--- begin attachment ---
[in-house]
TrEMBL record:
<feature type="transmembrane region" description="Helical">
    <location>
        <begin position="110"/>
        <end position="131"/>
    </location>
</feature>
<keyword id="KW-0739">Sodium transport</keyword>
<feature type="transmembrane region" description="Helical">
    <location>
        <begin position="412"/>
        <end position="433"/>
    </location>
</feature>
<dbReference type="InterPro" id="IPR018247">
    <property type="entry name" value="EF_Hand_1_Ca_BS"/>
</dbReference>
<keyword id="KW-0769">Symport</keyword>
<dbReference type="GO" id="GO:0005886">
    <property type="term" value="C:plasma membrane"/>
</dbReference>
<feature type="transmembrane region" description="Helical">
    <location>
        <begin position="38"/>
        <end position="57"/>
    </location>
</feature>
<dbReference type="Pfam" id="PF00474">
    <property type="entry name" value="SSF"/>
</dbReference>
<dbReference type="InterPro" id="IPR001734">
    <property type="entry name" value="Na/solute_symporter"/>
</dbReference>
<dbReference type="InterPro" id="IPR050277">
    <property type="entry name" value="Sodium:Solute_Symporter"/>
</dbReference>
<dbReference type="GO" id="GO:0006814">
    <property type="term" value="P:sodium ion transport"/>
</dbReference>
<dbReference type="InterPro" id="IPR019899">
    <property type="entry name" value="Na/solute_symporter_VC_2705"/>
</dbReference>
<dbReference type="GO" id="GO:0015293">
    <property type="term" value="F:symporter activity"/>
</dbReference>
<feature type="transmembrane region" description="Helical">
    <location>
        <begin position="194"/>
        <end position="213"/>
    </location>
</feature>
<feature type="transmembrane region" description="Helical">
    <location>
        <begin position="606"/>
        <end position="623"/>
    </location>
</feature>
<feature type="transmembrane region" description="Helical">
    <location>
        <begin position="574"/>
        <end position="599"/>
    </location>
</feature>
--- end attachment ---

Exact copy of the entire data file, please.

[in-house]
TrEMBL record:
<feature type="transmembrane region" description="Helical">
    <location>
        <begin position="110"/>
        <end position="131"/>
    </location>
</feature>
<keyword id="KW-0739">Sodium transport</keyword>
<feature type="transmembrane region" description="Helical">
    <location>
        <begin position="412"/>
        <end position="433"/>
    </location>
</feature>
<dbReference type="InterPro" id="IPR018247">
    <property type="entry name" value="EF_Hand_1_Ca_BS"/>
</dbReference>
<keyword id="KW-0769">Symport</keyword>
<dbReference type="GO" id="GO:0005886">
    <property type="term" value="C:plasma membrane"/>
</dbReference>
<feature type="transmembrane region" description="Helical">
    <location>
        <begin position="38"/>
        <end position="57"/>
    </location>
</feature>
<dbReference type="Pfam" id="PF00474">
    <property type="entry name" value="SSF"/>
</dbReference>
<dbReference type="InterPro" id="IPR001734">
    <property type="entry name" value="Na/solute_symporter"/>
</dbReference>
<dbReference type="InterPro" id="IPR050277">
    <property type="entry name" value="Sodium:Solute_Symporter"/>
</dbReference>
<dbReference type="GO" id="GO:0006814">
    <property type="term" value="P:sodium ion transport"/>
</dbReference>
<dbReference type="InterPro" id="IPR019899">
    <property type="entry name" value="Na/solute_symporter_VC_2705"/>
</dbReference>
<dbReference type="GO" id="GO:0015293">
    <property type="term" value="F:symporter activity"/>
</dbReference>
<feature type="transmembrane region" description="Helical">
    <location>
        <begin position="194"/>
        <end position="213"/>
    </location>
</feature>
<feature type="transmembrane region" description="Helical">
    <location>
        <begin position="606"/>
        <end position="623"/>
    </location>
</feature>
<feature type="transmembrane region" description="Helical">
    <location>
        <begin position="574"/>
        <end position="599"/>
    </location>
</feature>